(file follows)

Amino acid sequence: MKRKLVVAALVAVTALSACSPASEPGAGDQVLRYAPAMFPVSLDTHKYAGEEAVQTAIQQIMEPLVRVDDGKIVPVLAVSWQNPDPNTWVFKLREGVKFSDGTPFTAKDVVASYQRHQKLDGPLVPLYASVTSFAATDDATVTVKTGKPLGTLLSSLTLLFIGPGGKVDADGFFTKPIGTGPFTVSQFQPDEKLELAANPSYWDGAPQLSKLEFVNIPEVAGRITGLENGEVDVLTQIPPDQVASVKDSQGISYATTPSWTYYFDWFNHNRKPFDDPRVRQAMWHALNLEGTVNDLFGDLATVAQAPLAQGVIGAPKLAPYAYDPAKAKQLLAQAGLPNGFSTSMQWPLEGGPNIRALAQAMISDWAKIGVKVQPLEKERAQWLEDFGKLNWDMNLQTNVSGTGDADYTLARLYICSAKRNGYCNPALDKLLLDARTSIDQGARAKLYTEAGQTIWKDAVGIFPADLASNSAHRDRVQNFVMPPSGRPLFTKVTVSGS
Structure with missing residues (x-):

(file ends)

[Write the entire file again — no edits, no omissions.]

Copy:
Amino acid sequence: MKRKLVVAALVAVTALSACSPASEPGAGDQVLRYAPAMFPVSLDTHKYAGEEAVQTAIQQIMEPLVRVDDGKIVPVLAVSWQNPDPNTWVFKLREGVKFSDGTPFTAKDVVASYQRHQKLDGPLVPLYASVTSFAATDDATVTVKTGKPLGTLLSSLTLLFIGPGGKVDADGFFTKPIGTGPFTVSQFQPDEKLELAANPSYWDGAPQLSKLEFVNIPEVAGRITGLENGEVDVLTQIPPDQVASVKDSQGISYATTPSWTYYFDWFNHNRKPFDDPRVRQAMWHALNLEGTVNDLFGDLATVAQAPLAQGVIGAPKLAPYAYDPAKAKQLLAQAGLPNGFSTSMQWPLEGGPNIRALAQAMISDWAKIGVKVQPLEKERAQWLEDFGKLNWDMNLQTNVSGTGDADYTLARLYICSAKRNGYCNPALDKLLLDARTSIDQGARAKLYTEAGQTIWKDAVGIFPADLASNSAHRDRVQNFVMPPSGRPLFTKVTVSGS
Structure with missing residues (x-):